(Just as a footnote, the acquisition is interesting because it has to be done by eminent domain. The parcel's owner went out of business, sold a smaller parcel to new owners, and now the strip effectively has no owner.. So the legal mechanism for the City to acquire an apparently ownerless parcel is by condemnation, though there seems to be no real opposing party contesting the issue or from whom the property is to be taken in an adversarial proceeding. It's a decidedly one-sided action here.)

Council will receive as an information report the summary for the first Open House of the Downtown Streetscape Project. (See previous discussion of it here. Even though taming the car traffic is formally "out of scope," it is a persistent theme in the comments, and it may not be possible to improve the sidewalks very much if we don't also take action on the street configuration itself.)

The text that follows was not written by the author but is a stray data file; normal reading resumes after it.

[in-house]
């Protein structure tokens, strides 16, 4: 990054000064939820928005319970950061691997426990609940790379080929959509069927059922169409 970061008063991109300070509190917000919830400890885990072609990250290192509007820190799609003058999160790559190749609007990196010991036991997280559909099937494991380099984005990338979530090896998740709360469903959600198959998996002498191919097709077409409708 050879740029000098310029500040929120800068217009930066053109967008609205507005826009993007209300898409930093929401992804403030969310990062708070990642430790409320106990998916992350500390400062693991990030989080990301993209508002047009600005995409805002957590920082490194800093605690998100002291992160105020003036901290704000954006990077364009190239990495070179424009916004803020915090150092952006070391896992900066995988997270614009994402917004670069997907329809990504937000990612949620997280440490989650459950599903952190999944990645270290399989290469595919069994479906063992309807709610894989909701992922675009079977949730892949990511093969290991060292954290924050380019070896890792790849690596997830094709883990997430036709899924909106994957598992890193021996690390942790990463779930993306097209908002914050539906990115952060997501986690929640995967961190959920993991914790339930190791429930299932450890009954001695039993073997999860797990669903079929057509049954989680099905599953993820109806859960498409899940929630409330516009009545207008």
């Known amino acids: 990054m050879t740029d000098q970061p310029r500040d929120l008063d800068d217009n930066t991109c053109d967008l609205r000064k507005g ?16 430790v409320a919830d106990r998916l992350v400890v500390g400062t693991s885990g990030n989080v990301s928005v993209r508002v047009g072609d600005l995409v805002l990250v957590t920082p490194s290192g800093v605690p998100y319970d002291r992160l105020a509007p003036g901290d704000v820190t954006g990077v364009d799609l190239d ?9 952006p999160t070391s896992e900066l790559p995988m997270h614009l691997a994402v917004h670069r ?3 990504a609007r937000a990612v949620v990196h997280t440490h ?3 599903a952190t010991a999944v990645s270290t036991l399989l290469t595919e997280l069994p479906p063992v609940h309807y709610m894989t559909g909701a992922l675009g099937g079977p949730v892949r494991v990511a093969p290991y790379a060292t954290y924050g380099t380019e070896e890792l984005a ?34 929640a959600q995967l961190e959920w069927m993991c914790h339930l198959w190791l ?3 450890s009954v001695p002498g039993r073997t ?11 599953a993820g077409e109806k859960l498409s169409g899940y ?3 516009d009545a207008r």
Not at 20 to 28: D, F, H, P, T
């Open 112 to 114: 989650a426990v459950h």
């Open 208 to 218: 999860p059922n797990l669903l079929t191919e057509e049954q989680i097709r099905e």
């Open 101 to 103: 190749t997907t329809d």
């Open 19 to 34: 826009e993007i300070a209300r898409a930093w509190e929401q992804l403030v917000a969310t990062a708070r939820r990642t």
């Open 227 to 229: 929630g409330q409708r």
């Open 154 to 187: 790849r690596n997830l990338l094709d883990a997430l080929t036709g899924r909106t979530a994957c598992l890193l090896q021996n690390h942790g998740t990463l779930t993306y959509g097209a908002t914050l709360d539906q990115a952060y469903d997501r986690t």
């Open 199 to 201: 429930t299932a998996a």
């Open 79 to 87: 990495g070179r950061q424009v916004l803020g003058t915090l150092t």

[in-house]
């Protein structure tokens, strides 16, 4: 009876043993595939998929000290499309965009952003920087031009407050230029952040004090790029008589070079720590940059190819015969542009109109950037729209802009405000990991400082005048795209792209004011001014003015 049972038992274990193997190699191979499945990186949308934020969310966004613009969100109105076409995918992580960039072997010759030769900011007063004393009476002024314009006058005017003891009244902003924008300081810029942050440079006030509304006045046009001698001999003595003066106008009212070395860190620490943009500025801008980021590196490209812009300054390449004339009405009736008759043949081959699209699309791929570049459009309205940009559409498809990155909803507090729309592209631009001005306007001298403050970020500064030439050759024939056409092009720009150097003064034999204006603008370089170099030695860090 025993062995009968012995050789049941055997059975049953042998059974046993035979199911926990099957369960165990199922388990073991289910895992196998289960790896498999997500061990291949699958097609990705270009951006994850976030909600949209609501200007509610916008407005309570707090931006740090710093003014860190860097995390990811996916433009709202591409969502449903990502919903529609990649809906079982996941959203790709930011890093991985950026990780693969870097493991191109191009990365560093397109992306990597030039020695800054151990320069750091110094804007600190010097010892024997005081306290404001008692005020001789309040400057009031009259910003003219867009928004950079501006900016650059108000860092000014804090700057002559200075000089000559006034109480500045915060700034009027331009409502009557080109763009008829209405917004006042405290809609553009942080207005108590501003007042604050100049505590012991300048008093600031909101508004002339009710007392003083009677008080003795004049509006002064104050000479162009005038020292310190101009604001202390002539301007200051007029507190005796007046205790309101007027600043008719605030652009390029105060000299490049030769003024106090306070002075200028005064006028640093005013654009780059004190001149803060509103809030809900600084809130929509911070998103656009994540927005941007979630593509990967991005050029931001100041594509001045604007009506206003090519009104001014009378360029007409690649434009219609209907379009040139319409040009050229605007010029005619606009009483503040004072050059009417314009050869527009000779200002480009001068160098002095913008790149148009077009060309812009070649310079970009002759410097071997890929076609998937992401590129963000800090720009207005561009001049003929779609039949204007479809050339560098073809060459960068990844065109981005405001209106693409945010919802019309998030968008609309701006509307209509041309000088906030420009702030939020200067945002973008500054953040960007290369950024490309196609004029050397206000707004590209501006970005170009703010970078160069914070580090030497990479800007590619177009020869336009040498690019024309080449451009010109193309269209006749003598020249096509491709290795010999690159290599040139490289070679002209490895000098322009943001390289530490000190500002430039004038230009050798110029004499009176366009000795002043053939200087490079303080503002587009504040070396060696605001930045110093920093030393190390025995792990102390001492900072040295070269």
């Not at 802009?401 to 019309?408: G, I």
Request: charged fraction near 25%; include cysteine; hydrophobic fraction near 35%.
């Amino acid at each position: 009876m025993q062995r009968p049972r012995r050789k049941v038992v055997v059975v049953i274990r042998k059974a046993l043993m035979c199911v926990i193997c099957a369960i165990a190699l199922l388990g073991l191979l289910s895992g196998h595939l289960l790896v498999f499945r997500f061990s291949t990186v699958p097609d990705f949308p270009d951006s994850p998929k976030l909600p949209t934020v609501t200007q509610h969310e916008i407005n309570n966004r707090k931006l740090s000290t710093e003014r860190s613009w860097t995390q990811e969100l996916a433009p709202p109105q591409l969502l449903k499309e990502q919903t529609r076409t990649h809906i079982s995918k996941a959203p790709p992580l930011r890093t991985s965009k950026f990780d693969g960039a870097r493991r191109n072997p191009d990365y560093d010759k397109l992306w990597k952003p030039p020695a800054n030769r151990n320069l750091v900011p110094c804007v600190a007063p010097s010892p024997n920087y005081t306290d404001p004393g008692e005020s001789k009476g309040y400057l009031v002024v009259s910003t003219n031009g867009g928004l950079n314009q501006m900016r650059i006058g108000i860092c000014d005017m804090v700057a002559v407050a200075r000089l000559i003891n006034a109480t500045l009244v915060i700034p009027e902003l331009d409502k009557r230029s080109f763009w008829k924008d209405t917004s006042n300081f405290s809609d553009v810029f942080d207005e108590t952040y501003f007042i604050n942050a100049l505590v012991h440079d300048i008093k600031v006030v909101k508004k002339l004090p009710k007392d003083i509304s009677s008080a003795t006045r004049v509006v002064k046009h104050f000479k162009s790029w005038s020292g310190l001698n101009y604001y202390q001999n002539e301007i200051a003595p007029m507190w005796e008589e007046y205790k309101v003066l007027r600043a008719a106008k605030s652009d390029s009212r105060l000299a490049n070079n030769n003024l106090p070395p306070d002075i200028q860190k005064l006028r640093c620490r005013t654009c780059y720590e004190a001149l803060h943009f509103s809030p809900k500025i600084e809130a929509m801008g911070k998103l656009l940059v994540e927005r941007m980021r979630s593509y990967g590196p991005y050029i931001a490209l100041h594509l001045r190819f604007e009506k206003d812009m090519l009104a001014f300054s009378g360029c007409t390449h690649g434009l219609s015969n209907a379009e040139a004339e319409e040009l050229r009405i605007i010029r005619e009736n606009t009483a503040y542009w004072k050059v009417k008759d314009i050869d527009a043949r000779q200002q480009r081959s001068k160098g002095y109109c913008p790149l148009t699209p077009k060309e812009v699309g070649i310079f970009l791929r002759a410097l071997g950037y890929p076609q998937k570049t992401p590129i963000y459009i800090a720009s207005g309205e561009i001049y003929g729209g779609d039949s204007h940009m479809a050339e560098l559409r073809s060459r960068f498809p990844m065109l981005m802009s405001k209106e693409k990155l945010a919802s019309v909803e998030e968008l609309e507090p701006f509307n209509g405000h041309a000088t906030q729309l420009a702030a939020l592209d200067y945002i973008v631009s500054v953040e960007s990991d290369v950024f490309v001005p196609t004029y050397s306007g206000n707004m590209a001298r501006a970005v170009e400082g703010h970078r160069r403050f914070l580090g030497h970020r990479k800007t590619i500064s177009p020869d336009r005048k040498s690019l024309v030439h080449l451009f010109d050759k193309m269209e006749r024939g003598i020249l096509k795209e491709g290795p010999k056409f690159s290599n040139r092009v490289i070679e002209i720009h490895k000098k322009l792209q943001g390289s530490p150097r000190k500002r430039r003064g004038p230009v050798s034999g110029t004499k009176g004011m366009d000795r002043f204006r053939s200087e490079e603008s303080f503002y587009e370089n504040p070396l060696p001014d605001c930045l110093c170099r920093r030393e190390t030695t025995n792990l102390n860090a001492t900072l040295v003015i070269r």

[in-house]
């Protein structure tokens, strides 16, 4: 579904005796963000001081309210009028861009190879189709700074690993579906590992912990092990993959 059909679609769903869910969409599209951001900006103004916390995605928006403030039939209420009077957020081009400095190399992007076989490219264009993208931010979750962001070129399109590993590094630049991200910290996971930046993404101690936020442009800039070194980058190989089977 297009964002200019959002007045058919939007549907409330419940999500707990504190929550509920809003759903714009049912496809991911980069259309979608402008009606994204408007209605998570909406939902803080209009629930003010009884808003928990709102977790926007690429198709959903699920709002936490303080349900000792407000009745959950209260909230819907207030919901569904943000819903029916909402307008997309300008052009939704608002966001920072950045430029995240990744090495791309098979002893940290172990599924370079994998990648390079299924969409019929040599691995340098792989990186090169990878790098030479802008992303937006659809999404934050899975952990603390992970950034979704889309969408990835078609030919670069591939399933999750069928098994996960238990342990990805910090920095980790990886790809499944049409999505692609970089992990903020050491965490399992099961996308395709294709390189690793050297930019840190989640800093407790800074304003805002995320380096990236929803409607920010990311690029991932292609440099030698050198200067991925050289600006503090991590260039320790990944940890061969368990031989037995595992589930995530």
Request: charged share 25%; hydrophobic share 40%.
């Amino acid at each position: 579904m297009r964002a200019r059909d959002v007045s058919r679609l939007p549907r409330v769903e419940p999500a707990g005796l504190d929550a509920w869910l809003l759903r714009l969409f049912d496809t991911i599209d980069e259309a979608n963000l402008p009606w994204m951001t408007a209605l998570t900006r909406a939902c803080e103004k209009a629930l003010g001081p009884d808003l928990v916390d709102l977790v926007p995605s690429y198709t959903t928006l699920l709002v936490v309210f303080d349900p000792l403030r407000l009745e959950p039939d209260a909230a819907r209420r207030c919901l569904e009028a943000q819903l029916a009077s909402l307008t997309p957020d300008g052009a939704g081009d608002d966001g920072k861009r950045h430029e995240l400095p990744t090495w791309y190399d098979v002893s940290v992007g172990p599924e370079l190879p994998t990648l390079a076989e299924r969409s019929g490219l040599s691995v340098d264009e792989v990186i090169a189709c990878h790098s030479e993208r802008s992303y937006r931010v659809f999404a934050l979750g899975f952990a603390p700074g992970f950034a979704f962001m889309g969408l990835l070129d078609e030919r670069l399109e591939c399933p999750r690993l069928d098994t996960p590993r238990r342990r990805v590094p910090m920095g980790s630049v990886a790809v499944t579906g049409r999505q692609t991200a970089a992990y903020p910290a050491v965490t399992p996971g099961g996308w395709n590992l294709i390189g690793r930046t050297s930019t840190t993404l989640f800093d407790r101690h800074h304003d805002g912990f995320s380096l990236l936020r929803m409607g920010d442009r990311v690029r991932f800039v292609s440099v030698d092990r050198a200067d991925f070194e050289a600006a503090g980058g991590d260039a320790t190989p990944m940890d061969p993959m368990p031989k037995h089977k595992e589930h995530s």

Aren't we missing something?
In anticipation of the short 2018 Legislative session, the City has an initial slate of formal "Legislative Policy Statements." Maybe City staff and lobbyists know these will all be in play, but many of the topics seem more likely to be relevant in the odd-year full sessions.

In any case, there is a notable omission. Maybe this is a kind of confirmation bias, as it is unquestionably a central interest here on the blog, but there has been more pre-session chatter in the press about a Carbon scheme than about any other issue. And the City is silent on that here! That's a really striking gap. Especially if we are serious about a Climate/Environmental Action Plan arising out of the Strategic Planning Process, the City should formally support Legislation on Carbon pollution in very strong terms.